Letters from Our Readers

As nation debates racism, readers respond to controversial 'MAGA' column

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The ABA Journal’s July 3 Your Voice piece “Seeing Red: A professor coexists with ‘MAGA’ in the classroom” by Jeffrey Omari, has drawn a large number of comments and a lively discussion around the topics of the First Amendment and racism. Below is a sampling of reader responses to Omari’s column.

Dear Professor Omari,

I just read your article, “Seeing Red” in the ABA Journal and I must respectfully take issue with some of your generalizations and statements, which are, to say the least, unsubstantiated.

I will not refute your interpretation of the interaction, which occurred in your class with the MAGA hat-wearing student because I wasn’t there and therefore have no way of accessing that particular student’s intention. I would point out that likewise—and although you explained why you didn’t—you, yourself, did not inquire whether his intention was to offend you or give him an opportunity to respond by telling him that you were, in fact, offended. So, we really have no way of knowing, other than by your feeling, whether the student in fact meant to offend you. Or perhaps you were mistakenly offended by an implicit bias of your own where no offense was actually meant.

I call attention to your statement: “MAGA is an undeniable symbol of white supremacy and hatred toward certain nonwhite groups.” When I see the words, “undeniable symbol of white supremacy,” I am immediately reminded of Nazi Germany’s use of the swastika, under which six million Jews had to be exterminated to qualify it as a symbol of hatred. Yet, you cite no historical context or fact to justify your use of MAGA in the same way.

I would also like to address your statement: “For its supporters, MAGA indexes an effort to return to a time in American history when this country was ‘great’ for some—particularly, propertied white men—but brutally exclusionary for others, most notably women and people of color.”

Here again, without any factual basis, you portend to know what is in the hearts and minds of all MAGA supporters. This is pure conjecture on your part, and I might add, unbecoming, of one who, as a law professor of all things, should know that arguments need to and should always be backed up by facts. And yet, you show no facts to substantiate any of your statements.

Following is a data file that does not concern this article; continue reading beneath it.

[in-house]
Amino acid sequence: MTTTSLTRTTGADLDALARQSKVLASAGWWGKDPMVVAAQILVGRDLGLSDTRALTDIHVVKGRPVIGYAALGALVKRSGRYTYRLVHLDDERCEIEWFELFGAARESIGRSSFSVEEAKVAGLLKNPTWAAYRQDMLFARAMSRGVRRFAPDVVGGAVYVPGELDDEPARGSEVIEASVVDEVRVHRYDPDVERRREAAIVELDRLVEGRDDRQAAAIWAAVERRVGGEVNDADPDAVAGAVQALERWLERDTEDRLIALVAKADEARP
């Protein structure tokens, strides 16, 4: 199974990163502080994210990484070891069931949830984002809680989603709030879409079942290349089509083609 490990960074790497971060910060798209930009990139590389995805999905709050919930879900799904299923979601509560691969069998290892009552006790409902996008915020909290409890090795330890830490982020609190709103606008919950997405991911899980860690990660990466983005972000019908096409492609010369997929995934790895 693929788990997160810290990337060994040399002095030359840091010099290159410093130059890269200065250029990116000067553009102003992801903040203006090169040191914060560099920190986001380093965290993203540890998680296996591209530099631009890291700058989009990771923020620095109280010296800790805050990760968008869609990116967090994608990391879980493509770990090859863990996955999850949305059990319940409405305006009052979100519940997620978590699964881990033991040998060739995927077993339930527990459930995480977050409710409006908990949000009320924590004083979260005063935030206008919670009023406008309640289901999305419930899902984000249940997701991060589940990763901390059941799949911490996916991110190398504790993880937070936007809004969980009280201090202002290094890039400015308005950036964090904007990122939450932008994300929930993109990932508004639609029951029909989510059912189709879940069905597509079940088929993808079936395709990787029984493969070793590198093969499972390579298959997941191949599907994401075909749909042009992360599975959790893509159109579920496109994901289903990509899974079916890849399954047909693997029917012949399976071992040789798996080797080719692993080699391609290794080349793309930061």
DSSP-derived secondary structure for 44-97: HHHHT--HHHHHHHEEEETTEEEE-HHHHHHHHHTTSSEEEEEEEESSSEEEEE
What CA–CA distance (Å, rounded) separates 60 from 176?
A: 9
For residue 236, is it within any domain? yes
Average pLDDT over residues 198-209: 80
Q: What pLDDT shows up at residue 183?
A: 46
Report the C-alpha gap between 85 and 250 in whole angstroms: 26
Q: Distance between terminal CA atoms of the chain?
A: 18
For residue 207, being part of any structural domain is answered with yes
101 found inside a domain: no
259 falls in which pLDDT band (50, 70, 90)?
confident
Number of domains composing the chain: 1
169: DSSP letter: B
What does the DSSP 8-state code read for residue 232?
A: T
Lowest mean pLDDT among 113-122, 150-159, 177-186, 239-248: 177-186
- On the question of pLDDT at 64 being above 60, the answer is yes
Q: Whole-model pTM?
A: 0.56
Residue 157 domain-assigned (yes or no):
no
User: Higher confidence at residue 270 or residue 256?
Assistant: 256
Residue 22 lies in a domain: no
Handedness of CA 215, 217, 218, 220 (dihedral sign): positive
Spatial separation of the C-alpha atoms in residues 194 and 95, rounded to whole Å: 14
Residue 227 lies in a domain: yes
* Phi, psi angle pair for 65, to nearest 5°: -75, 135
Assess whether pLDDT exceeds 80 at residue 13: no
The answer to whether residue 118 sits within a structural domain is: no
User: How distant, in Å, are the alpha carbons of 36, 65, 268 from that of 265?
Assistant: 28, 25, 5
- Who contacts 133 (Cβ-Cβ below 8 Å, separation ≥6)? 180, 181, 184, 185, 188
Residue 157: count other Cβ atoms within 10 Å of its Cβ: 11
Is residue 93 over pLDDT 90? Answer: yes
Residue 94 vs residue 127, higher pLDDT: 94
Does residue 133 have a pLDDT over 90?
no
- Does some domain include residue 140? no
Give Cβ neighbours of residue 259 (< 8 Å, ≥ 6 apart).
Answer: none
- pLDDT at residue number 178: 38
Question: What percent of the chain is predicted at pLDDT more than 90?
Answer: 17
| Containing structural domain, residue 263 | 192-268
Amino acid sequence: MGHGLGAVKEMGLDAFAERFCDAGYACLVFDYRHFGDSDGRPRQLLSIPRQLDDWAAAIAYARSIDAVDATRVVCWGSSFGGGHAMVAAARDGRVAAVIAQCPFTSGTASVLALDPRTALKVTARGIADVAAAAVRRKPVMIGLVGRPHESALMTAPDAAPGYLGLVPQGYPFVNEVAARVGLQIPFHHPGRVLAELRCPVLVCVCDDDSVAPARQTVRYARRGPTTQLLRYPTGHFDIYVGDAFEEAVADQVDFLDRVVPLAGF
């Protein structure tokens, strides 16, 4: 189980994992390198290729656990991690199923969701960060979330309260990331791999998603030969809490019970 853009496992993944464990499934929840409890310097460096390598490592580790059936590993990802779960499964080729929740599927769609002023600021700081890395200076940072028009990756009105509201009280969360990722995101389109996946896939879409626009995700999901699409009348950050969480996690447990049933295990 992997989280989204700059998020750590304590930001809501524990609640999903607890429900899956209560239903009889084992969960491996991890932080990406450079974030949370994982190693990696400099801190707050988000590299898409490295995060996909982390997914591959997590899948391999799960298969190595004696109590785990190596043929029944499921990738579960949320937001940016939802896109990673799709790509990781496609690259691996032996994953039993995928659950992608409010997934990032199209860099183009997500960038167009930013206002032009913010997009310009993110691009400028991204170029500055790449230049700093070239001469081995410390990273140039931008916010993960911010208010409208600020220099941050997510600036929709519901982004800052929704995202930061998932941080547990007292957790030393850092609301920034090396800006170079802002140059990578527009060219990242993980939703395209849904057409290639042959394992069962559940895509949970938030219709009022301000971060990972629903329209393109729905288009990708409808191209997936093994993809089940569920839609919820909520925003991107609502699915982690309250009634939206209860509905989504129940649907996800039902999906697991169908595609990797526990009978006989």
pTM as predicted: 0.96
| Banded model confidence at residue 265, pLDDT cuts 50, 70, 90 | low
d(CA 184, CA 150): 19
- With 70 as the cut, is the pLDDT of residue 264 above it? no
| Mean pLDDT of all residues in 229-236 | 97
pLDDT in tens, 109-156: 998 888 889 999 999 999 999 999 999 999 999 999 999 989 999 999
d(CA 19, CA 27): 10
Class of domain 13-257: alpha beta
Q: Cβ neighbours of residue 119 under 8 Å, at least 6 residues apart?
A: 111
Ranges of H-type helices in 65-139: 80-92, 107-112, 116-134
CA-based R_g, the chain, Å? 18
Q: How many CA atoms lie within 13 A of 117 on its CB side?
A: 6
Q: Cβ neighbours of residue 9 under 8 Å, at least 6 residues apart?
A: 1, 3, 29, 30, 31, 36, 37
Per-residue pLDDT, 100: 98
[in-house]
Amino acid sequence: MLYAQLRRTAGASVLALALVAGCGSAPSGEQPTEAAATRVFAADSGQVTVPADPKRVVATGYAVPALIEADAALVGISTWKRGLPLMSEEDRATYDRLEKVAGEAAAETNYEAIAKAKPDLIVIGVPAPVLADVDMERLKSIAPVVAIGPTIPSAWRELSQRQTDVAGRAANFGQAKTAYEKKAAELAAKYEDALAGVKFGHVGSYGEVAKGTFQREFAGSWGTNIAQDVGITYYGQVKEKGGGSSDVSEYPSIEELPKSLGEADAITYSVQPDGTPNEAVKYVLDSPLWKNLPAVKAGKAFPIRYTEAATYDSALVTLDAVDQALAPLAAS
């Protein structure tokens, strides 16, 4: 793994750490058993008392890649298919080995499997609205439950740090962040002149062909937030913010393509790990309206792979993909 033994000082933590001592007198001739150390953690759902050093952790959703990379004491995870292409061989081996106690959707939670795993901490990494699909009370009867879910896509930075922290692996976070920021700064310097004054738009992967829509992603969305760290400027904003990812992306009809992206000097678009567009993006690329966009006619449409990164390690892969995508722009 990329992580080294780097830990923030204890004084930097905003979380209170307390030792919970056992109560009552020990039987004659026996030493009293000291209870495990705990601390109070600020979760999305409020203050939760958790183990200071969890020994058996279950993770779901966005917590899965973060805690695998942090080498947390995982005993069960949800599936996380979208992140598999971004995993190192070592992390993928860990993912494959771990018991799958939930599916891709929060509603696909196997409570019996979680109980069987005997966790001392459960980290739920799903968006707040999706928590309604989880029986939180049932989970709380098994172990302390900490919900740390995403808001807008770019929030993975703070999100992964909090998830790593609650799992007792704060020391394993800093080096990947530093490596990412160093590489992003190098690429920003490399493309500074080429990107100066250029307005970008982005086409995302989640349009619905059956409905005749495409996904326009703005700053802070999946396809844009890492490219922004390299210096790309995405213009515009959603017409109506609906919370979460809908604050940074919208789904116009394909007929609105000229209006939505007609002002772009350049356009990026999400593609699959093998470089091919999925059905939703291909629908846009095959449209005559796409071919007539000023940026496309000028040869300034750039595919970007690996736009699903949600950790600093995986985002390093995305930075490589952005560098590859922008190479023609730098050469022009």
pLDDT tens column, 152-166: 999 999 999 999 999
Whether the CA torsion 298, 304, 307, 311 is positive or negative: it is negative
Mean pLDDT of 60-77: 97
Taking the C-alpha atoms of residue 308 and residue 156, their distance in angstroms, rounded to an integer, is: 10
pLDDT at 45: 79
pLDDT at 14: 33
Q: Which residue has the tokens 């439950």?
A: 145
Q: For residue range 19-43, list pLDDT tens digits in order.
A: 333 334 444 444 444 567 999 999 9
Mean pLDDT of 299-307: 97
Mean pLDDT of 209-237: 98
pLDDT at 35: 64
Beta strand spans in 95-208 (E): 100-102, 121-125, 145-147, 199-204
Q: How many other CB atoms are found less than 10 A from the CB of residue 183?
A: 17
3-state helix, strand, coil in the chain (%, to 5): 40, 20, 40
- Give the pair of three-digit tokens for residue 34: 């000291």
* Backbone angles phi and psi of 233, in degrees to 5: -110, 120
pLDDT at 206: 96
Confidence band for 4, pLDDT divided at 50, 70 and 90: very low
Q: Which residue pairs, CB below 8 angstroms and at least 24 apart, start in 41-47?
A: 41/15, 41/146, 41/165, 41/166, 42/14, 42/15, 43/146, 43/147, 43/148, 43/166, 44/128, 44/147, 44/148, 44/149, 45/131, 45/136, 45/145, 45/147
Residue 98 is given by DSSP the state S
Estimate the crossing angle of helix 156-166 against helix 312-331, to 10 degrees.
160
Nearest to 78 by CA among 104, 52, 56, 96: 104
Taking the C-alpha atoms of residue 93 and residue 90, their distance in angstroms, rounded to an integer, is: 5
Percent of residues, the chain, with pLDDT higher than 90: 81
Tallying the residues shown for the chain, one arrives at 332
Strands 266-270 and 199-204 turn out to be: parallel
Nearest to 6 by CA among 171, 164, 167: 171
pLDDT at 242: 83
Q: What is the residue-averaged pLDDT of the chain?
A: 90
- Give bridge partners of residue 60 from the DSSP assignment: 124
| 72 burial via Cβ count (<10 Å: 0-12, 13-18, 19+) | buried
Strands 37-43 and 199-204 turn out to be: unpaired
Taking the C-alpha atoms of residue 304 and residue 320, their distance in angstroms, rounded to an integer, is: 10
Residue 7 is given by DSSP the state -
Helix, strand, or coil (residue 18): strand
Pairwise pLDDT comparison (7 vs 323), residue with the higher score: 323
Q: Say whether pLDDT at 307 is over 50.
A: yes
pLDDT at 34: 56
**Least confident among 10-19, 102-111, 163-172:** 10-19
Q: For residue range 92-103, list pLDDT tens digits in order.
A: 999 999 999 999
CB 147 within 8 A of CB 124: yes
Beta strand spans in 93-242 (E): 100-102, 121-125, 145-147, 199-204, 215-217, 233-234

Perhaps our difference of opinion is rooted in your statement: “Scholars have argued that whites and people of color perceive racial discrimination through fundamentally different psychological frameworks. Moreover, people of color and whites are likely to differ substantially in how they perceive and define such discrimination. These studies show that many whites assume people are colorblind and expect evidence of racial discrimination to be explicit; many blacks perceive racial bias to be widespread and implicit.” I would agree that in some cases whites are resistant to seeing racism, which is obvious to nonwhites, but I would also postulate that in some cases nonwhites are overly anxious to find racism where none exists. The recent example of the Betsy Ross flag comes to mind here, and I would argue that other than the media’s and the left’s demonization of MAGA to create and advance divisiveness in our country for political gain, no real racism is implied by it.

With your indulgence, lastly, for what it is worth, the subject of the phrase, “Make America Great Again,” is America, and I believe that America includes all of us, whites and nonwhites alike, and it is when all of us are at our best—united, not divided—that America is also at its best. In conclusion, I would urge you in the future to use your education and the God-given high level of intelligence that you clearly possess to encourage unity instead of fostering divisiveness over the perceived racism of a phrase where none is intended other than by its misuse or merely for being adopted by a political party, with which I assume you disagree.” —Dr. Lewis Bauer

Dear Professor Omari,

First, I want to say how sorry I am that you had to endure what was clearly an attempt to bait you into some kind of “gotcha” moment, with the possibility that you would be seen as the perpetrator—and with the risk of losing your position and having it affect your tenure and standing in the legal community and as a professor.

I am also sorry that none of the other students spoke up to share the burden of what was taking place. I would like to say that if that had happened here in California, people would have spoken up … but these days, I am less sure about that.

I am tempted to say that one of the reasons this feels so fraught is that we are taught in law school that “the marketplace of ideas” will sort it out … that all voices should be heard, and only the ones with the best ideas will be the last voices ringing in the marketplace. … but we are seeing today that that is not the case, over and over again, on a daily basis.

I would also venture to say that there is a fusion/confusion about what political speech really is. Is it really “political speech” to wear a hat telegraphing your nationalist and racist ideologies? Or is it just simple racism? I can only say that, to me, it feels clearly and vehemently racist.